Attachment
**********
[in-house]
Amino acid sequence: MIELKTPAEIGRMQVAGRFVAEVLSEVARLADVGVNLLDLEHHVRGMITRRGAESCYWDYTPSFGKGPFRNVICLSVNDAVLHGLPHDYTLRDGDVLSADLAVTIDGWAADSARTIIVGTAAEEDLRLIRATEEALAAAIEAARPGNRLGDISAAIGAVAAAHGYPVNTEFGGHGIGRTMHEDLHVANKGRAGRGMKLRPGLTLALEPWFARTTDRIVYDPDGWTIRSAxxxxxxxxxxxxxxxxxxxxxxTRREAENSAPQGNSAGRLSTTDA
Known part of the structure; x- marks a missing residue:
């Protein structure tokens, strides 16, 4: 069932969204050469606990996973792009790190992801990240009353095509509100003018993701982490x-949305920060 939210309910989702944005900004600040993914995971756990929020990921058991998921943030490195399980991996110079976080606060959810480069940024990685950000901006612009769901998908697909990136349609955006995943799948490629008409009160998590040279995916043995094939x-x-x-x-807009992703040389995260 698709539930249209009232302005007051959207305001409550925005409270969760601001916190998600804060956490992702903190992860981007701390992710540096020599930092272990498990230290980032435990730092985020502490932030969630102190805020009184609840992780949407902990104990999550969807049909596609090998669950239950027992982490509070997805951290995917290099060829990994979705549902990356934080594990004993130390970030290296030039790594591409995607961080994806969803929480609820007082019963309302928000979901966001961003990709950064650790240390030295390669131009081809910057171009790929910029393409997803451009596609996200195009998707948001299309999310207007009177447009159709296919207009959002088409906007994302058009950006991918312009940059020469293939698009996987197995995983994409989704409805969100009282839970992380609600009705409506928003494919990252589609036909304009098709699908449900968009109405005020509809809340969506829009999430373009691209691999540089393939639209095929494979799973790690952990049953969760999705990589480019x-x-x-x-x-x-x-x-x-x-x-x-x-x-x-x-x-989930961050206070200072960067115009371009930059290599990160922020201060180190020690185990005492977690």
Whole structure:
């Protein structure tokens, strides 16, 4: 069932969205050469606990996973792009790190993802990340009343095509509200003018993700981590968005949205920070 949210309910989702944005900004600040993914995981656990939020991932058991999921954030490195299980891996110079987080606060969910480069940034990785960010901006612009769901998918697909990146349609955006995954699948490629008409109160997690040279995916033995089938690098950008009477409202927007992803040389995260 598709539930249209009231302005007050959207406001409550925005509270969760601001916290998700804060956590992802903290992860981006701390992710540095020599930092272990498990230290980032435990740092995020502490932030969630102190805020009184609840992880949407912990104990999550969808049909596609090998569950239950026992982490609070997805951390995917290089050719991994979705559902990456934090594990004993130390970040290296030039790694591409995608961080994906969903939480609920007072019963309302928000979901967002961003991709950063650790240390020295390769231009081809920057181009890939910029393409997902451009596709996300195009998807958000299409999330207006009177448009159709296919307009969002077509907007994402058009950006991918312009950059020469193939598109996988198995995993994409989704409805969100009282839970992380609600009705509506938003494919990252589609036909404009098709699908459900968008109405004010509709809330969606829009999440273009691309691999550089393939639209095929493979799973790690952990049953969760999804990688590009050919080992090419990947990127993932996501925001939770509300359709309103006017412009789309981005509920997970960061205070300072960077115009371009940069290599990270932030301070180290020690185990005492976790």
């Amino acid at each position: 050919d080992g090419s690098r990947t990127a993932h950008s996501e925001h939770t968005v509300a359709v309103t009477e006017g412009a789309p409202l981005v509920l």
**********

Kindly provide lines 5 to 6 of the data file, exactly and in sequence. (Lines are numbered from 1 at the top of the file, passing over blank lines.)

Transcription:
Whole structure:
């Protein structure tokens, strides 16, 4: 069932969205050469606990996973792009790190993802990340009343095509509200003018993700981590968005949205920070 949210309910989702944005900004600040993914995981656990939020991932058991999921954030490195299980891996110079987080606060969910480069940034990785960010901006612009769901998918697909990146349609955006995954699948490629008409109160997690040279995916033995089938690098950008009477409202927007992803040389995260 598709539930249209009231302005007050959207406001409550925005509270969760601001916290998700804060956590992802903290992860981006701390992710540095020599930092272990498990230290980032435990740092995020502490932030969630102190805020009184609840992880949407912990104990999550969808049909596609090998569950239950026992982490609070997805951390995917290089050719991994979705559902990456934090594990004993130390970040290296030039790694591409995608961080994906969903939480609920007072019963309302928000979901967002961003991709950063650790240390020295390769231009081809920057181009890939910029393409997902451009596709996300195009998807958000299409999330207006009177448009159709296919307009969002077509907007994402058009950006991918312009950059020469193939598109996988198995995993994409989704409805969100009282839970992380609600009705509506938003494919990252589609036909404009098709699908459900968008109405004010509709809330969606829009999440273009691309691999550089393939639209095929493979799973790690952990049953969760999804990688590009050919080992090419990947990127993932996501925001939770509300359709309103006017412009789309981005509920997970960061205070300072960077115009371009940069290599990270932030301070180290020690185990005492976790």